December 14, 2009


I've been in Hawaii for the past three weeks and the week prior to that I was in Australia and the three weeks prior to that I was in Malaysia and the four weeks prior to that I was in lockdown evacuation camp in Mali. It's nice to be back in the first world but sometimes I feel turned around. I feel displaced and purposeless. Living the last couple months felt like they dragged on so slow but now I look back and I feel they whipped by so fast.

I don't know how to answer some of your questions least of all the ubiquitious "how was Africa?" I don't know how the continent of Africa was because I was only in two countries (those being Guinea and Mali). Sorry I'm being irritating but that whole continent of Africa is an undistinguished land mass thing has really become a pet peeve of mine. Nevertheless I know what you mean and I hide behind a "it's hard to explain" too much. I wish I could sum everything up in a satisfying pithy pharse or four but I can't. The best I can do is:

Mom! Grandma! Earmuffs!

"It's f'd." That's the short answer that may be the best and worst summary about the situation. I don't know. It's hard to explain.

So there I am in Guinea and I'm coming to the uncomfortable realization that I do in fact harbor some ugly bits of latent racism. I walk through the markets my second day there and I see the people all around me. There's garbage and waste and smelly dried, semi-dried, and rotting fish and that was the first time that I ever thought to myself "what have I gotten myself into?"

It was discomforting. I've never seen so much filth before. And on top of that the people are all black and I'm white and I can't blend in and I feel like everyone is staring at me. I've never felt like that in any place I'd been. I've never been more keenly aware of race. Why do I feel this way? Why do i feel this discomfort this anxiety? Like physically feel it. A visceral reaction. What's up with that?

I actually just put it aside for a time. Put it aside for a long time actually and eventually it went away or I forgot about it or I got used to it. I mean if you don't know what to do with an uncomfortable situation what do you do? You fake it! You pretend like everything's fine and eventually it is unless it isn't and then you have to fake even harder. I do this. You do this. We all do this, right? Whatever.

As I sit here and try to illustrate this for you without coming off like a total boob I'm doing my best to put it together. My discomfort was itself discomforting. I didn't want to feel like I felt but I couldn't very well not feel what I felt.

Put more formally, there are two parts to the racism game. One part intellectual and one part reptillian brain subconcious.

In college I learned and studied the intellectual side and understood conciously why racism is garbage. This served me well in lily white suburbs, uptown bars, and college campuses because the whole exercise was in the theoretical realm. I could tsk tsk thoughtless comments from friends and releatives and strangers. "I know racism is bad because I read yadda yadda by some dude and he said blah blah and I agree." I mean it wasn't that brainless but it was certainly that detached from any sort of real life experience.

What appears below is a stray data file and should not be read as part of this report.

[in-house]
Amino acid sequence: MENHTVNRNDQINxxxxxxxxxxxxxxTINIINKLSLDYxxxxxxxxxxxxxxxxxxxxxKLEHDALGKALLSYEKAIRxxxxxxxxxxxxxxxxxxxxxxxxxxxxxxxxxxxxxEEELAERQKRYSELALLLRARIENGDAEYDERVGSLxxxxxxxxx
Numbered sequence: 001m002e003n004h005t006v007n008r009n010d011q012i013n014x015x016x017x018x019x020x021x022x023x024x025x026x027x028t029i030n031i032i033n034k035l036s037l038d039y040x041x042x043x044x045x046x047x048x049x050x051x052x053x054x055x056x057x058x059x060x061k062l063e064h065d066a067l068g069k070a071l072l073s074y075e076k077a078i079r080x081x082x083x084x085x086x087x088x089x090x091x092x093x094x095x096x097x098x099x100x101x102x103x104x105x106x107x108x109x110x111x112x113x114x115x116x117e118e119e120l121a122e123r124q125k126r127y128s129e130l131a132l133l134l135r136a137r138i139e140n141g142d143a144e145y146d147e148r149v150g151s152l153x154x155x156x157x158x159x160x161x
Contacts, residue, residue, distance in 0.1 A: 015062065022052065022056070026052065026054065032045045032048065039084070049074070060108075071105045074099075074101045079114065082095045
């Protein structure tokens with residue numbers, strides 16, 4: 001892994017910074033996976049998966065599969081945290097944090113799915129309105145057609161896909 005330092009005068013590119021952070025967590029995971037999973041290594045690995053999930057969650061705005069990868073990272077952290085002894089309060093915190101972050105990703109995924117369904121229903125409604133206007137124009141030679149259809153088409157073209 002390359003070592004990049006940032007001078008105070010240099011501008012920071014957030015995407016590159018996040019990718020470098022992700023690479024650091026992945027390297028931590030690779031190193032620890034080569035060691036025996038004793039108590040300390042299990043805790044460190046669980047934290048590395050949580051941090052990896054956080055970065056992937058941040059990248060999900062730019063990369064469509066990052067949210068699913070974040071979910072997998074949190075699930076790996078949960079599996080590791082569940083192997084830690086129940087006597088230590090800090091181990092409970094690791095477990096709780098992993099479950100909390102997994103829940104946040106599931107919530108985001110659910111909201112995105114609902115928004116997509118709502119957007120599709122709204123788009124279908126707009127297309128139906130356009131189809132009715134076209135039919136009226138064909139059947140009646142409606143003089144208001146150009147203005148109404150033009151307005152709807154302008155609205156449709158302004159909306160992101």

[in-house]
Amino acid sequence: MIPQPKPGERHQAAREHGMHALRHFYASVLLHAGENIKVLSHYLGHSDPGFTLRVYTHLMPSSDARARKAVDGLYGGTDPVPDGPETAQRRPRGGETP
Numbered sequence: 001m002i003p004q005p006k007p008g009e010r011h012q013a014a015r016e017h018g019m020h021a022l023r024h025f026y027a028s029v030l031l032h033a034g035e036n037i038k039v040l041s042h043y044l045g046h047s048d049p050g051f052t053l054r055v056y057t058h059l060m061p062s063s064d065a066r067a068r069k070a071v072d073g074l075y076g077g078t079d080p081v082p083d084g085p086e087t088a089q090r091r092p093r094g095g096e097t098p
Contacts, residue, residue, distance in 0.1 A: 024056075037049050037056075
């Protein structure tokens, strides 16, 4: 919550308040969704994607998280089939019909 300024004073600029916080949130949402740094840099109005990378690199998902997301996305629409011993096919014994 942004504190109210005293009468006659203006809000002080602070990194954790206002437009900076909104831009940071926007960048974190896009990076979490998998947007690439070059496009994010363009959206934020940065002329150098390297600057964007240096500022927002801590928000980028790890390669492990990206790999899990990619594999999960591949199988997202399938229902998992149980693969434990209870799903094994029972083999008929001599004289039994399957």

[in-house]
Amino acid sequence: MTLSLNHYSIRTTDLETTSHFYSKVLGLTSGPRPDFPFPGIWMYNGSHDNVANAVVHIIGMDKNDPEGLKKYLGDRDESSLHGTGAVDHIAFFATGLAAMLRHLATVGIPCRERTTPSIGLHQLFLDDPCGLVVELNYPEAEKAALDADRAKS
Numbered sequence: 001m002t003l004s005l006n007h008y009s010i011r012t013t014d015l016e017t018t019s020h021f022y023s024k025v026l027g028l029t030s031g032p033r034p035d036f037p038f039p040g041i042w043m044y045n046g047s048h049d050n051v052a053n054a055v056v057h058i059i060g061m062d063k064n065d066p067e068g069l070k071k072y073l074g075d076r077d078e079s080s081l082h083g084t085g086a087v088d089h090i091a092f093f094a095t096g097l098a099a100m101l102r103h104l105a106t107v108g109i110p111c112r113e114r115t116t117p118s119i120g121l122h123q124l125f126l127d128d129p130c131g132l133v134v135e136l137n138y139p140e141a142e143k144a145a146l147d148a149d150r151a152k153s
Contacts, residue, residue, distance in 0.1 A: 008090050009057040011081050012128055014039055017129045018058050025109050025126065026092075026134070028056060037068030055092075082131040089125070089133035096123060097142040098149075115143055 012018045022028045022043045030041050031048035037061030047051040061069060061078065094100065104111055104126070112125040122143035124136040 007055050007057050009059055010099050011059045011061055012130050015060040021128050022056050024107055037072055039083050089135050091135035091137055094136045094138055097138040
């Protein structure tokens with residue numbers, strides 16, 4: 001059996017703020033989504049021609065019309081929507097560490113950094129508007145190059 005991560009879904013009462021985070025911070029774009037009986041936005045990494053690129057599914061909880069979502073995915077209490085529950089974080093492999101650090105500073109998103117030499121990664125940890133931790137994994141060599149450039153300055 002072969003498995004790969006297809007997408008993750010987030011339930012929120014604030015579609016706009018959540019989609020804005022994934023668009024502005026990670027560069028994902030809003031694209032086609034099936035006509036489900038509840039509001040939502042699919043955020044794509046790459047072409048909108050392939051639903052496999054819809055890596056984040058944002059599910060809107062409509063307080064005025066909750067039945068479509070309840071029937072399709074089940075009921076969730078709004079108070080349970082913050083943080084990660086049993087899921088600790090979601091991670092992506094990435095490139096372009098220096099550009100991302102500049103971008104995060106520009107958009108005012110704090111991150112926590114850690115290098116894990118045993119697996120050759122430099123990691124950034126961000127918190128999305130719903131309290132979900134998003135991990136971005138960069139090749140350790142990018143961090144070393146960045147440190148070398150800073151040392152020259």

The tricky part for me was to reconcile that with what I was feeling directly. Mostly discomfort and anxiety. My intellect tells me everything is gravy but my gut, my gut, il est pas bien la bas! Not good homes. There was a part of me that didn't respond to what I knew in my head. There was discord and it was frightening. How do you fix a knee jerk reaction that you don't control?

But like Andy Dufrane I walked through a filthy market and came out clean three months later. I'm not saying it was quick or concious or that I'm even finished really learning to be tolerant. At the least I've found a new part of me that needs more work and at the most I've taken my learned beliefs out for a test drive in the world.

I know now there is more to the game than intellectual theory. These things must be used and practiced. The reptillian brain must be challenged and conquered by repetition until the unfamiliar becomes routine. We fear the unfamiliar and once we get to know the world directly we might see that it's not so bad.

November 1, 2009

chumming the village for children

After a bit of a feeding frenzy, we were able to control ourselves and behave like gentlemen. Fine portraiture ensued.

October 18, 2009

14 Guinea Stories Plus Petite

1] I'm going to the Imam's house for lunch. I cut through a neighbor's compound, jump a creek and bushwack my way back to the path. I surprise a pack of monkeys who scramble back into the bush.

2] Phil had a bot fly larve living under his skin and Kevin was bitten by a spider while he was sleeping. Both injuries resemble the entry wound of a 9mm bullet except they also ooze pus.

3] I watch a bush taxi carreen around the bend. There is a driver, two people in the passanger seat, four in the middle, three in the back, a bunch of baggage on top, another person on the roof, and a live goat sitting placidly.

4] I'm still getting my squat toilet technique down. I imagine it's approximately as operating a diver bomber during World War II. Sometimes you're not terribly accurate and your bathroom stinks for a couple of days.

5] The village doctor (hell of a guy by the way) has a fat little third grade son. He tells me to give him my bike ("Yagouba, donne moi ton velo") and I tell him to give me his dad's TV. I tell him to give me his shirt and he demands my sandals. It's a nice little game we play and it goes on for hours.